The Araujo Laboratory: Lysosomal signaling complexes – Coordinating organelle function with cellular homeostasis

Lysosomes are membrane bound organelles that fulfill several functions, from protein degradation to the control of cellular metabolism. Due to their importance for overall proteostasis and signaling, cells have developed unique mechanisms to control lysosomal numbers, size, movement, degradative capacity, interaction with other organelles, and even lysophagy, the name given to the selective degradation of dysfunctional lysosomes. The importance of this organelle is highlighted by the variety of diseases known to be associated with lysosomal abnormalities, from monogenic lysosomal storage disorders to brain pathologies, metabolic disorders, cancer and aging.

Lysosomal adaptation. Lysosomal function is regulated by a pleora of proteins. They control intrinsic lysosomal properties such us pH, organelle size and interaction with other organelles. Figure modified from de Araujo et al., Traffic 2020.

One of the key signaling complexes present in the lysosomal membrane is mTORC1, Mechanistic target of rapamycin complex 1. It regulates the balance between biosynthetic and catabolic processes influencing a plethora of cellular processes. Because mTORC1 activation triggers a fairly resource-intensive anabolic program, cells have evolved mechanisms to ensure that it only becomes active when sufficient resources are available. Over the last years, work from a number of laboratories have elucidated many aspects mTORC1’s regulation: from identifying the key players, to deciphering the molecular mechanisms involved and the three-dimensional structure of these assemblies.

Building on this vast pool of knowledge, we focus on the interplay between canonical mTORC1 signaling components and other lysosomal proteins/complexes. Our objectives are three fold:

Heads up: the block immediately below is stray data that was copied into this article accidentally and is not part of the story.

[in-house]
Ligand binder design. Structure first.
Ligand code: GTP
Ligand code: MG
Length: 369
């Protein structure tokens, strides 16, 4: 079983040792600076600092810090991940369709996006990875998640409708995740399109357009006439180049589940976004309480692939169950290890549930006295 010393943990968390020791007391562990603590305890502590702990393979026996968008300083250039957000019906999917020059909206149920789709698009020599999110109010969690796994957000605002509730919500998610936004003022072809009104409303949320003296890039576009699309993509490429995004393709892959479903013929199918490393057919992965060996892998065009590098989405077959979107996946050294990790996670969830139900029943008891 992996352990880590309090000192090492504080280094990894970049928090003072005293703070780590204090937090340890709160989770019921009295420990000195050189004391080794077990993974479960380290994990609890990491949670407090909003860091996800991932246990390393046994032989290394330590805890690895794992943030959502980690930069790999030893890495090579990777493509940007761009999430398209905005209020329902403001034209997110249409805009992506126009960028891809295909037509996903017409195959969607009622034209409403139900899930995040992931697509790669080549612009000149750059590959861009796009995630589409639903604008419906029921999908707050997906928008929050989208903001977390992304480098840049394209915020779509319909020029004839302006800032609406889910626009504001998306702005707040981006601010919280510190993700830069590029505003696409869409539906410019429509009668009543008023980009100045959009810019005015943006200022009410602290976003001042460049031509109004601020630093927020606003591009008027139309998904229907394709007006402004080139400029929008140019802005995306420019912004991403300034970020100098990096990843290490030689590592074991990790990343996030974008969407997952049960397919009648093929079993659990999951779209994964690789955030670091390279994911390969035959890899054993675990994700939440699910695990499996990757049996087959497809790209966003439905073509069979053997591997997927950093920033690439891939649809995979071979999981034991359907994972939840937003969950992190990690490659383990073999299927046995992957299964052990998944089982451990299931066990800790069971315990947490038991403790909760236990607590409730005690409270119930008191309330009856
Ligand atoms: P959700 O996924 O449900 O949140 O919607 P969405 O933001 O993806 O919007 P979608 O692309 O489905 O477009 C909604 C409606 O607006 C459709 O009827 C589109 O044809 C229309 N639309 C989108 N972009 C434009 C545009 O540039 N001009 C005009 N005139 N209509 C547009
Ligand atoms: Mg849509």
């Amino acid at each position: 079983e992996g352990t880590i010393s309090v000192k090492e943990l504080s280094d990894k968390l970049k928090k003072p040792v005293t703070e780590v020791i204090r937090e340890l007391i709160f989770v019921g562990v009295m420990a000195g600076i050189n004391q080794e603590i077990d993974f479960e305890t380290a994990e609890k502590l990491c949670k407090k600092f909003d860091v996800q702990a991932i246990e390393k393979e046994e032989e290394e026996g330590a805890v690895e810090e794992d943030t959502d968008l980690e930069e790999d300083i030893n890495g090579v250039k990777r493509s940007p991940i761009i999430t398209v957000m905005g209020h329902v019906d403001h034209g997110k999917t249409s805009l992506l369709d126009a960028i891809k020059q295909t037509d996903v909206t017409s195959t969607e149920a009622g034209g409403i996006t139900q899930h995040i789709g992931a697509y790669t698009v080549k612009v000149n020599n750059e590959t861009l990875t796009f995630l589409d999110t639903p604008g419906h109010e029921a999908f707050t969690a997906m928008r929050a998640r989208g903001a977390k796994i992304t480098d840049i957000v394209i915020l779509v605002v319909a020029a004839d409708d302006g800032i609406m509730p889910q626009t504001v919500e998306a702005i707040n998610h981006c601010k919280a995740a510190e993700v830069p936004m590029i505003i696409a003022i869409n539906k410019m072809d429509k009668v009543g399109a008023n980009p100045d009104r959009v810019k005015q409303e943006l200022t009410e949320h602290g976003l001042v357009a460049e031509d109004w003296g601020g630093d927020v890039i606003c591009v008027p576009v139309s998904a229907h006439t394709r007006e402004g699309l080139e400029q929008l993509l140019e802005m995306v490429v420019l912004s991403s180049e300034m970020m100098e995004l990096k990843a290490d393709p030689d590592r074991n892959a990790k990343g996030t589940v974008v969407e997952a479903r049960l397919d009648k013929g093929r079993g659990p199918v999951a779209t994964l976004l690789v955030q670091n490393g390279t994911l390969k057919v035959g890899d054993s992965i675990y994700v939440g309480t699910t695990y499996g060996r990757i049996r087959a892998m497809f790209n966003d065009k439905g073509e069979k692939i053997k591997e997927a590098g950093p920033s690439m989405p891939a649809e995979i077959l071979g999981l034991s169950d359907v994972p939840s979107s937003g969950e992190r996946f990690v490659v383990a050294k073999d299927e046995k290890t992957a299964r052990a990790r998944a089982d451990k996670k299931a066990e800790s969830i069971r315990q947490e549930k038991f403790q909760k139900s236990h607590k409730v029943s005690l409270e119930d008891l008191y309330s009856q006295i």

1) Decipher how these molecular machineries coordinate their activity and help control the organelle’s properties and function.
2) Determine the implication of these events for overall cellular homeostasis.
3) Understand how dysfunction of these processes underlies different disease conditions.

Overall, we strongly believe that only through a deeper understanding of the interplay between these lysosomal machineries, will scientists eventually be able to offer reasonable therapeutic options for patients with rare disease mutations in lysosomal genes.

To address the above, we combine genome editing with cell biology techniques, biochemical and imaging approaches. We also actively collaborate with structural biology groups, to shed light on specific molecular mechanisms controlling our favorite proteins.

Publications

https://pubmed.ncbi.nlm.nih.gov/?term=de%20Araujo%20MEG&sort=date

Selected publications

1. Cui Z, Napolitano G, de Araujo MEG, Esposito A., Monfregola J, Huber LA, Ballabio A and Hurley JH. Structure of the lysosomal mTORC1-TFEB-Rag-Ragulator mega complex. Nature 2023 (in press).

2. Cattelani C, Lesiak D, Liebscher G, Singer I, Stasyk T, Wallnöfer MH, Heberle AM, Corti C, Hess MW, Pfaller K, Kwiatkowski M, Pramstaller PP, Hicks AA, Thedieck K, Müller T, Huber LA and de Araujo MEG. The SZT2 Interactome Unravels New Functions of the KICSTOR Complex. Cells 2021, 10(10), 2711; PMID:34685691

3. Napolitano G, Di Malta C, Esposito A, de Araujo MEG, Pece S, Bertalot G, Matarese M, Benedetti V, Zampelli A, Stasyk T, Siciliano D, Venuta A, Cesana M, Vilardo C, Nusco E, Monfregola J, Calcagnì A, Di Fiore PP, Huber LA, Ballabio A. A substrate-specific mTORC1 pathway underlies Birt-Hogg-Dubé syndrome. Nature. 2020 Jul 1. doi: 10.1038/s41586-020-2444-0. PMID:32612235

4. de Araujo MEG, Liebscher G, Hess MW, Huber LA. Lysosomal size matters. Traffic. 2020 Jan;21(1):60-75. doi: 10.1111/tra.12714. Epub 2019 Dec 6. Review. PMID:31808235

5. de Araujo MEG, Naschberger A, Fürnrohr BG, Stasyk T, Dunzendorfer-Matt T, Lechner S, Welti S, Kremser L, Shivalingaiah G, Offterdinger M, Lindner HH, Huber LA, Scheffzek K. Crystal structure of the human lysosomal mTORC1 scaffold complex and its impact on signaling. Science. 2017 Sep 21. pii: eaao1583. doi: 10.1126/science.aao1583. PMID: 28935770

Collaborations

Gennaro Napolitano (Tigem, Naples, IT)

David Haselbach (IMP, Vienna, AUT)

Kathrin Thedieck (Institute of Biochemistry,University of Innsbruck, AUT)

Hesso Farhan (Institute of Pathophysiology, Medical University of Innsbruck, AUT)

Funding

FWF FG 2005/61357 – 2023- Organelle proteostasis in cellular quiescence and growth

TWF GZ F16676/5-2019 – A potential new mechanism for selective modulation of mTORC1

Contact

Priv. Dozentin Mariana Eca Guimaraes de Araujo, PhD

Email:mariana.araujo@i-med.ac.at
Phone: +43 512 9003 70174

Google scholar: https://scholar.google.com/citations?hl=en&user=5jH0XooAAAAJ&view_op=list_works&sortby=pubdate

ORCID: https://orcid.org/0000-0003-0576-2680